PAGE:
Medicaid is a health care program provided by the United States to support those that are not capable of paying their hospital bills themselves.
But once you are eligible for Medicaid and you want to sell your house, the question is: How will Medicaid know if I sell my house?
Medicaid will know you sold your house through your financial report. Since Medicaid checks bank accounts, they know you’re not capable of paying the healthcare costs. Therefore, while re-registering for Medicaid, your financial records would be looked into, and there, they will know that you sold your house to have so much money in your account.
You can’t sell your house after you are eligible for Medicaid. This is because the money you get from it will be more than the money you should have in your account. If your house is not sold, it won’t affect your eligibility status. So selling it or renting it out while in the nursing home will affect your eligibility status.
Can I Sell My House While on Medicaid?
You can’t sell your house while on Medicaid to avoid getting disqualified from the program. If you sell your house while on Medicaid, the amount in your account will be greater than the income you claim to earn. Also, there’s no way your savings won’t be more than the stipulated amount of the state.
Rather than selling your house while on Medicaid, you have to prepare ahead. If you want to sell the house before being eligible for Medicaid, you can, and if you want to transfer it to your children or family member, you can. There are different strategies to doing this.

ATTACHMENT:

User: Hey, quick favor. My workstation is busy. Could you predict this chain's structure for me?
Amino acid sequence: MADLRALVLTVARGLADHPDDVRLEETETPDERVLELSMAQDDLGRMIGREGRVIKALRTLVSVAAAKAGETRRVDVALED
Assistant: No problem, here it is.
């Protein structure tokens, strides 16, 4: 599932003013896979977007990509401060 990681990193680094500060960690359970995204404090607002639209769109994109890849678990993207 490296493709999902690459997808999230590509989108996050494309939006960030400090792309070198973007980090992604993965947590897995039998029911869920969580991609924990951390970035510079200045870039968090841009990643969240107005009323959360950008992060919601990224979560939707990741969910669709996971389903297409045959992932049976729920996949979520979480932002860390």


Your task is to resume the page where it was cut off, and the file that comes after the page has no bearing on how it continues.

Although Medicaid has its general eligibility status, each state also has its specific eligibility status also. The federal and state government manage the health program.
The general requirement for one to be eligible for Medicaid is not being able to earn much income and in some cases, you can’t have more than $2000 in your account. This is why many people tend to sell their houses, exotic cars because they want to look like they can’t afford hospital or nursing home bills.
You can actually be eligible for Medicaid and have a house, a car, and jewelry as long the income you earn for five years is low. Your house and car are assets that won’t be taken.
However, it will be weird to be on Medicaid and buy a house. How can you afford to buy a house yet can’t be able to take care of yourself health-wise? Therefore, while on Medicaid, you cannot buy a house else your Medicaid program will be terminated.
How Will Medicaid Know if I Sell My House?
Medicaid will surely know if you sell your house. They’ve monitored your earnings for the past five years to know that you aren’t capable of paying the healthcare costs. Also, they have the documents of your financial records.